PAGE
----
February 21 2024
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Hillsborough inquests: why saying ‘sorry’ isn’t enough

Hillsborough inquests: why saying ‘sorry’ isn’t enough

Margaret Aspinall after the Warrington inquests ©Paul Burrows


Hillsborough - familiesIn the aftermath of publication of the report of the Hillsborough Independent Panel in 2012, David Crompton, the Chief Constable of the South Yorkshire Police issued a fulsome apology.  He said:

‘On that day South Yorkshire Police failed the victims and families. The police lost control.  In the immediate aftermath senior officers sought to change the record of events.  Disgraceful lies were told which blamed the Liverpool fans for the disaster.  Statements were altered which sought to minimise police blame. These actions have caused untold pain and distress for over 23 years.  I am profoundly sorry for the way the force failed on 15th April 1989 and I am doubly sorry for the injustice that followed  and I apologise to the families of the 96 and Liverpool fans.’

Now, in my experience police officers don’t much like having to say ‘sorry’ once, much less twice.  But David Crompton was at it again on Tuesday as soon as the jury in a new Hillsborough Inquests had finished delivering its devastating verdicts.

This is what he said in Tuesday:

‘On 15th April 1989 the South Yorkshire Police got the policing of the FA Cup semi-final at Hillsborough catastrophically wrong.  The force failed the victims and failed their families… . Today, as I have said before, I want to apologise unreservedly to the families and all those affected.’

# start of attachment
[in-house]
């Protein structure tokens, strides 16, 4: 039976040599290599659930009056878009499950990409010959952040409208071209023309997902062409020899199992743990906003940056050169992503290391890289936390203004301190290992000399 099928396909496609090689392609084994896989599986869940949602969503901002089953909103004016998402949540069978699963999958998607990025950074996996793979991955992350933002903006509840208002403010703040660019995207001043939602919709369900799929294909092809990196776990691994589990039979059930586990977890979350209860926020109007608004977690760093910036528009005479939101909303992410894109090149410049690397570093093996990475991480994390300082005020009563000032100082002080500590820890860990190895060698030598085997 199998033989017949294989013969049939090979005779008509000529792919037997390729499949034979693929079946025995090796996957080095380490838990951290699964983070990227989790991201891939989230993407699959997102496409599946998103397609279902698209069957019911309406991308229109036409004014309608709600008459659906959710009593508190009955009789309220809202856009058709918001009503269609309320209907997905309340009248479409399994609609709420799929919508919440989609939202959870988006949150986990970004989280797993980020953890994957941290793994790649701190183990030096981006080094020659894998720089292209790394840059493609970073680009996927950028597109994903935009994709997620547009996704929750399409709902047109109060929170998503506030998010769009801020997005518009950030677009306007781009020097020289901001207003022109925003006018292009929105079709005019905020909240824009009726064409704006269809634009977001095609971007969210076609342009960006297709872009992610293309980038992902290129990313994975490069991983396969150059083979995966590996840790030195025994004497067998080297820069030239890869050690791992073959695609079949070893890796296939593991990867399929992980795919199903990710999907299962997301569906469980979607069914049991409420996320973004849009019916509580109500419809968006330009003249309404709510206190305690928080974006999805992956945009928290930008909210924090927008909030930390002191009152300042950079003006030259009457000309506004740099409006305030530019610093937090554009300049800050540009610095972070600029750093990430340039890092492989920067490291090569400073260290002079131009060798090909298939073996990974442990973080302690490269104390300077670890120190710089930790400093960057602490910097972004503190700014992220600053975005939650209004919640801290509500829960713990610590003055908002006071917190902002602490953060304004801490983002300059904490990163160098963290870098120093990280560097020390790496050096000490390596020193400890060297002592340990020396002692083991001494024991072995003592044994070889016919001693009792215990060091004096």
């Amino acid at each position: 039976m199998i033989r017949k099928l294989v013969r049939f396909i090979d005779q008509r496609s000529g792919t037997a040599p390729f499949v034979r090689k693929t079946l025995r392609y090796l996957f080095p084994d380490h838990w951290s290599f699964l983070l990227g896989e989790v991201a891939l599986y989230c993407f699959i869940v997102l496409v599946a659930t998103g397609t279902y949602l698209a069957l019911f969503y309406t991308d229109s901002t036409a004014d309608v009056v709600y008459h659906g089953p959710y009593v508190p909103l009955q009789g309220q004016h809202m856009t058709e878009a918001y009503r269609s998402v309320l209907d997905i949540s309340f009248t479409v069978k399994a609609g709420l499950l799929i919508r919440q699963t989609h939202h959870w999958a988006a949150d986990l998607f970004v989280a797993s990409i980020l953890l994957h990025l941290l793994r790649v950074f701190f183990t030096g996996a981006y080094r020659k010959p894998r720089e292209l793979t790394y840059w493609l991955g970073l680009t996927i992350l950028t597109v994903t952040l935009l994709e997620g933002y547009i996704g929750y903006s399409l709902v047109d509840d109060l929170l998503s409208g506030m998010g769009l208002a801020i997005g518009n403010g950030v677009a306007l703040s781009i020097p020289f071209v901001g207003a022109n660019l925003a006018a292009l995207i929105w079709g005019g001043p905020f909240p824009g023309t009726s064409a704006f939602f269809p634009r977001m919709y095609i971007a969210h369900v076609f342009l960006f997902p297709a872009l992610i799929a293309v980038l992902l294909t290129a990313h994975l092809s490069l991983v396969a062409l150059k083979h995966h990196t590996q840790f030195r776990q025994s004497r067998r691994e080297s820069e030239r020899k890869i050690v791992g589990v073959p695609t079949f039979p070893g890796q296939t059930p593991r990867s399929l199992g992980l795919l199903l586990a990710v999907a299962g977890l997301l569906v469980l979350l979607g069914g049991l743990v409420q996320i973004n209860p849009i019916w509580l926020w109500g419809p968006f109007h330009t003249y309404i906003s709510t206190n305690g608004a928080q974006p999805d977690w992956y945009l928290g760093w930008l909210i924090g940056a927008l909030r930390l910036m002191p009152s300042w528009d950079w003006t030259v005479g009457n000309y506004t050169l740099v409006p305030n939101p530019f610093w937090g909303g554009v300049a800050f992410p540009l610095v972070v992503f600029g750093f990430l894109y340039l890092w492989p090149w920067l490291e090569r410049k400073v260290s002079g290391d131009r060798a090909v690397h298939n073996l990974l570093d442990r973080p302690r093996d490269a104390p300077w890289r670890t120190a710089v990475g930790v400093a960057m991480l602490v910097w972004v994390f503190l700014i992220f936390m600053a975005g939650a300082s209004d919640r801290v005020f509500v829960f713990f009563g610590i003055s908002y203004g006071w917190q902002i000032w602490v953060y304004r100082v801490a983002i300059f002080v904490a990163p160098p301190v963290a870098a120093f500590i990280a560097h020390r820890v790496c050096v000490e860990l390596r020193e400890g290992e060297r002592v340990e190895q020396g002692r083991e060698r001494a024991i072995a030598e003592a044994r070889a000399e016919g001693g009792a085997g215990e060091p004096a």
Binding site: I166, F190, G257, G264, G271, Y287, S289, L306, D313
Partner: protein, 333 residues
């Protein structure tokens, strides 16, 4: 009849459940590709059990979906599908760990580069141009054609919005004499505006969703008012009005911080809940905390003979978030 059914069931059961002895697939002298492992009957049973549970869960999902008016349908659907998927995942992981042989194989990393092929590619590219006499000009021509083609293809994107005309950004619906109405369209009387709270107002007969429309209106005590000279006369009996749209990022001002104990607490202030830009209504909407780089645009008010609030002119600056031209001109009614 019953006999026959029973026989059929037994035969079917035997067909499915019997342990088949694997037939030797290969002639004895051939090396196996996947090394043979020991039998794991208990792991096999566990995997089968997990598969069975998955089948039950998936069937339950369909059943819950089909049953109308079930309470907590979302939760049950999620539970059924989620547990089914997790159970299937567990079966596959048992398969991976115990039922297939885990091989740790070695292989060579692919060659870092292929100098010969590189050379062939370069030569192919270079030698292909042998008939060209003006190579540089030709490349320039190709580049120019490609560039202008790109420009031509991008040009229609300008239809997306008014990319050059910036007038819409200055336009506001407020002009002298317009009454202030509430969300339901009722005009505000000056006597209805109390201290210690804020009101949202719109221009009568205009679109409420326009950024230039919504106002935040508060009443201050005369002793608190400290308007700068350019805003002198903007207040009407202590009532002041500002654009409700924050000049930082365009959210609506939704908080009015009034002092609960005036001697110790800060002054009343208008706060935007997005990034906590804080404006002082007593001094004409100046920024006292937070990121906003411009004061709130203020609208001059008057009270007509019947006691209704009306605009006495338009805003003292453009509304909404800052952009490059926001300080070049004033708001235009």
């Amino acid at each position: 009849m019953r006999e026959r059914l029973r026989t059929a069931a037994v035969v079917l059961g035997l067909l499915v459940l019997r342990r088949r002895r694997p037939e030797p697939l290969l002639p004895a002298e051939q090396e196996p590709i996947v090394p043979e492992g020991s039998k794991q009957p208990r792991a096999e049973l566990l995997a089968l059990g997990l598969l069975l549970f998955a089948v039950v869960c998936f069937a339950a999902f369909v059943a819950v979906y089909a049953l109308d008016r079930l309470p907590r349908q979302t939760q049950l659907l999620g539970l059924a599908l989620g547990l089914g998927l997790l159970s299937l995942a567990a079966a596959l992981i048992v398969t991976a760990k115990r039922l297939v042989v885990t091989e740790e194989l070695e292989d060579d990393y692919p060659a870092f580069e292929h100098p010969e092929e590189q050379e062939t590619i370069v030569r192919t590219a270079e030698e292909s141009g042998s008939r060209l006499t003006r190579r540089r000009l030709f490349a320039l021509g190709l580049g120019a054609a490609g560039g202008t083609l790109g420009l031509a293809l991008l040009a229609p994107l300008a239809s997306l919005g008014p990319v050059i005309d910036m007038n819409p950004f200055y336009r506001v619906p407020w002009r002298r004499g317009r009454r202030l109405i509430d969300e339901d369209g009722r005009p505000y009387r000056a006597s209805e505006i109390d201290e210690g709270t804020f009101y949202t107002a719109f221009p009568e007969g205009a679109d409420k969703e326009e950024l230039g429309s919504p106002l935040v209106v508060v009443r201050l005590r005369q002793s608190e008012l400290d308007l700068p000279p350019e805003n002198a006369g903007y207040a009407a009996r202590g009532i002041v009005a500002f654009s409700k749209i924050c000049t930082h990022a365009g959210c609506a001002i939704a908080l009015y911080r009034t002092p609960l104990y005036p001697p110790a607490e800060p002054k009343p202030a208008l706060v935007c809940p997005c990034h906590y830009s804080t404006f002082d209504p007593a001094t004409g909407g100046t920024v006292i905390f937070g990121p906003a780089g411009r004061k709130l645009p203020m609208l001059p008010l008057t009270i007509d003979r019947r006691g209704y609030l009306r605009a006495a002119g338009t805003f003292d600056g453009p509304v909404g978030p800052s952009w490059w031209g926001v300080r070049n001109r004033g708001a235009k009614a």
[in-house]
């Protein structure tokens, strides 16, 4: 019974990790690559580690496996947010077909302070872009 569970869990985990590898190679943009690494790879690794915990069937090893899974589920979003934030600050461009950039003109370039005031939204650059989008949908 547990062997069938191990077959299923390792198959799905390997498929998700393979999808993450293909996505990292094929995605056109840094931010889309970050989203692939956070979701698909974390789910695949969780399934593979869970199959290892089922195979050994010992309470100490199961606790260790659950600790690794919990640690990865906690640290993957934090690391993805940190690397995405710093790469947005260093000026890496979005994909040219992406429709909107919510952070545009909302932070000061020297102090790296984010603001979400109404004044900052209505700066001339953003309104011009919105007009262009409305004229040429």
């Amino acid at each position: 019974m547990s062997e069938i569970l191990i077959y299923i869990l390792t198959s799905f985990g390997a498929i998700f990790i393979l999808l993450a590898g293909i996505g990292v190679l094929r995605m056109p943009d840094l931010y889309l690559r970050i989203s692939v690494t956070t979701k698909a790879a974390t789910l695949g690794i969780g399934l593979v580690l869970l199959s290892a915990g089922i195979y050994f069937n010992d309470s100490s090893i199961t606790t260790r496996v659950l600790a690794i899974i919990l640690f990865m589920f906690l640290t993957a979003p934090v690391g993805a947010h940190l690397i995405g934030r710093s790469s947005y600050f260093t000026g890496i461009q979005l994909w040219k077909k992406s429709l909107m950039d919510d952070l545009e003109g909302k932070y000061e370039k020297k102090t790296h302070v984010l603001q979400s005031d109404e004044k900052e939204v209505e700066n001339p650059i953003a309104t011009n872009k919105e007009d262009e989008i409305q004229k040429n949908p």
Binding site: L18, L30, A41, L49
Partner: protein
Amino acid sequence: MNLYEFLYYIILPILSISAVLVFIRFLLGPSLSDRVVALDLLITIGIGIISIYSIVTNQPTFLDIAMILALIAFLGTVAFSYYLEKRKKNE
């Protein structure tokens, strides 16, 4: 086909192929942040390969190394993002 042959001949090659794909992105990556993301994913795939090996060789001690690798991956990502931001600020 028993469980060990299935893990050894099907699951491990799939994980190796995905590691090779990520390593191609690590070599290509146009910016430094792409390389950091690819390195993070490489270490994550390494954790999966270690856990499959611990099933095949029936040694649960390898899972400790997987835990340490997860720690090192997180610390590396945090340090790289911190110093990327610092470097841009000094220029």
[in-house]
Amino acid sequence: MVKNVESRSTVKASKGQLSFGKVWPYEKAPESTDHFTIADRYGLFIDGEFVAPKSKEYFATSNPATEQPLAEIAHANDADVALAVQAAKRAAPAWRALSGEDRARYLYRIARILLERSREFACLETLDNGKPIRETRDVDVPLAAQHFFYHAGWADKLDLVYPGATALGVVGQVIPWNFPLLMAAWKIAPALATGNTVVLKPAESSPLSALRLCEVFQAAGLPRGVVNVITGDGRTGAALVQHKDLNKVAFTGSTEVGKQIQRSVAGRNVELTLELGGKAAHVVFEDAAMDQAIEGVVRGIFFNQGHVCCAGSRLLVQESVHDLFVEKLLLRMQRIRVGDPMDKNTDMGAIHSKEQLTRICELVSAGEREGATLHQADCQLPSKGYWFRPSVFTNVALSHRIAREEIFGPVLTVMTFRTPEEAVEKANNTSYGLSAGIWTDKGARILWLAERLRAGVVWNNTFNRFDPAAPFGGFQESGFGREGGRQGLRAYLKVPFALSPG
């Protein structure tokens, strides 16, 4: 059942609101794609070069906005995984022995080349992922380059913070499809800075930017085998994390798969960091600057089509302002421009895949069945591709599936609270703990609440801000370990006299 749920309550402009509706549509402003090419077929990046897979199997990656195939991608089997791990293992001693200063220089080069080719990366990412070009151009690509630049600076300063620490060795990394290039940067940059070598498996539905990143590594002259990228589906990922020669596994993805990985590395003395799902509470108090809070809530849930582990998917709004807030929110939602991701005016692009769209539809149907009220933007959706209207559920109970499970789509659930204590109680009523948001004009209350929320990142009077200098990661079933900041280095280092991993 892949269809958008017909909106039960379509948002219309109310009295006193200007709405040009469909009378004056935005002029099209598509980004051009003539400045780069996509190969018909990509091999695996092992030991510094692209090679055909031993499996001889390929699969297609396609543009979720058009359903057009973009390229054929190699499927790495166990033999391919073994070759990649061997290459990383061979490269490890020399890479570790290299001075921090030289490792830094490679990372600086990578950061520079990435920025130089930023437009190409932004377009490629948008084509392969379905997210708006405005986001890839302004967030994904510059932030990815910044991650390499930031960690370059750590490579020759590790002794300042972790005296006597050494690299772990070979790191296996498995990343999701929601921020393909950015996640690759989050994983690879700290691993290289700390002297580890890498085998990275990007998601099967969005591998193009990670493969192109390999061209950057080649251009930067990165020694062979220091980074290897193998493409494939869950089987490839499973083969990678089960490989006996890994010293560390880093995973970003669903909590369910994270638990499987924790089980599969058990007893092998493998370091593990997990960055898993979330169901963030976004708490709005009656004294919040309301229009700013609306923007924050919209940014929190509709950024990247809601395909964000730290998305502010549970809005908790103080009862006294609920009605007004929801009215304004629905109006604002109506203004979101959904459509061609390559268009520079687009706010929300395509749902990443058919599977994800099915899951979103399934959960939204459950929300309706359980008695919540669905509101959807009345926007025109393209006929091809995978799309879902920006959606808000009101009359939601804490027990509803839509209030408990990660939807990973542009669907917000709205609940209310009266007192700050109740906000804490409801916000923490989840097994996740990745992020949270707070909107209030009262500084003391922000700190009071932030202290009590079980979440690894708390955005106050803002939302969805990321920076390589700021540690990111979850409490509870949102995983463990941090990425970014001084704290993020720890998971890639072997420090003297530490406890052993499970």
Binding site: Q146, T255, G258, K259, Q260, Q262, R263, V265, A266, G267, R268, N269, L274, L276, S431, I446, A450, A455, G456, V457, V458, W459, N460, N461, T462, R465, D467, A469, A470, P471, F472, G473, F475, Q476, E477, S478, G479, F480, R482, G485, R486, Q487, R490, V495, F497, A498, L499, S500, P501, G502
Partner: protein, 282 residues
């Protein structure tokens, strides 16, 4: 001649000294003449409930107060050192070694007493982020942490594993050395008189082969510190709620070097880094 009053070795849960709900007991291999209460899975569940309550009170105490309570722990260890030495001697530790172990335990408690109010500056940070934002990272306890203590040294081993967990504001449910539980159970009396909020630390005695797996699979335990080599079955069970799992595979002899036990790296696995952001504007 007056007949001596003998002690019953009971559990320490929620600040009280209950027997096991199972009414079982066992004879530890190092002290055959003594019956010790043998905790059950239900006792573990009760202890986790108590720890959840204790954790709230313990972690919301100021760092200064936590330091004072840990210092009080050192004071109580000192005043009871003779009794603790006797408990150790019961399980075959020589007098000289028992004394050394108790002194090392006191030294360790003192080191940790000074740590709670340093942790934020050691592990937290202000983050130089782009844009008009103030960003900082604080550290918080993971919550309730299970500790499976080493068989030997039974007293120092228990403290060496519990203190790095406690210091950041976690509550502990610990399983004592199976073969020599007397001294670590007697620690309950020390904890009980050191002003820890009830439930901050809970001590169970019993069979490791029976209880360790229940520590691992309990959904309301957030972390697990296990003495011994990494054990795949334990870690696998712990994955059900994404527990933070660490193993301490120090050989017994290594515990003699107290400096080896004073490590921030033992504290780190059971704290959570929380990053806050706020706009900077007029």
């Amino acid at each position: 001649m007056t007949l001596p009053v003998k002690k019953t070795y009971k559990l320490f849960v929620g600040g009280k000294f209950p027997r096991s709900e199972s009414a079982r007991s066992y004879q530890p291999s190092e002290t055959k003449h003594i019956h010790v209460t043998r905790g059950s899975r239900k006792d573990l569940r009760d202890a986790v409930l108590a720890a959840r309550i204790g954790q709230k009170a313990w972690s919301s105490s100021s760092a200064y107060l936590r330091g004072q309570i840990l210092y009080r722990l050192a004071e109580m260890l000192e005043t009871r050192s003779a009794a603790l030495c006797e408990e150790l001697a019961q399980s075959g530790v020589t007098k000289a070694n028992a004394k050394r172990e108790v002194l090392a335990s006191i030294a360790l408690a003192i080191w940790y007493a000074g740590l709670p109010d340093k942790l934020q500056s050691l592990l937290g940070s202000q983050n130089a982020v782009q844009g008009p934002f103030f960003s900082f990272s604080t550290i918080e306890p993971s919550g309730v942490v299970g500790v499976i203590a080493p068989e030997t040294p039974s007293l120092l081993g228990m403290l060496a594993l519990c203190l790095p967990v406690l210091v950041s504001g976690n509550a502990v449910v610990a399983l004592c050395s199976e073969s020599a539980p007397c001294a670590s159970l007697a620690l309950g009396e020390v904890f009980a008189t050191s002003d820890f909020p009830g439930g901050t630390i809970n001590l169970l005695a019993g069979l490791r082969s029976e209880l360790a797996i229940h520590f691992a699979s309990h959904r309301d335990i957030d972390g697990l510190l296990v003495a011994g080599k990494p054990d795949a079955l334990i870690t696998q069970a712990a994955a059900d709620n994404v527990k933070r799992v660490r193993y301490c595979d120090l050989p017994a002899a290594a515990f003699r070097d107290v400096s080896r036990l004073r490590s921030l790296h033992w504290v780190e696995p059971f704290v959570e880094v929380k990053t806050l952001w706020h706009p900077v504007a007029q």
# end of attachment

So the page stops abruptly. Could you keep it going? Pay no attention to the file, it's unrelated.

You would be forgiven for thinking that Mr Crompton who had nothing at all to do with Hillsborough disaster, must be a thoroughly decent man making sincere and heartfelt apologies, not just once but twice, that no one could misinterpret. Admitting your force, even when not under your command had got things ‘catastrophically wrong’ is not something you will hear a senior police officer say very often.

undefinedMargaret Aspinall greets the press after the conclusions. Pic © Paul Burrows

Margaret Aspinall greets the press after the conclusions. Pic © Paul Burrows

It might interest you to know that when Mr Crompton was represented by a legal team of solicitors and barristers at the recent Inquests, it seemed he must have forgotten what he had said back in 2012.  You would imagine that he would have instructed his counsel to inform the court that he stood by his statement from 2012 and would not be saying anything in the Inquests that would be in any way inconsistent with that apology.

So you may wonder why his counsel, no doubt on the instructions of their client Mr Crompton, sought to piggyback on the loathsome and repellent assertions repeatedly made by counsel for the match commanders, Mr Duckenfield and his sidekicks Marshall and Greenwood that the disaster was all the fault of drunken, hostile, ticketless fans most of whom turned up late expecting to gain entry to the stadium.

Why otherwise were witnesses questioned to elicit that fans were spitting on police officers outside the perimeter gates of the stadium, or that they had ‘forced their way’ through those gates that the police were trying to close to ease the pressure on the fans near the turnstiles, or that fans could simply have withdrawn themselves from the crush outside the ground?  Why was a witness questioned to elicit that fans outside the ground became unresponsive to police instructions to stop pushing?  Why was a witness asked to confirm that he had previously said in a written statement in 1989 that during the rescue effort ‘three or four fans’ had assaulted a press photographer? Why was Mr Marshall the match commander responsible for the outside of the Leppings Lane entrance asked to confirm further examples of alleged bad behaviour by Liverpool fans?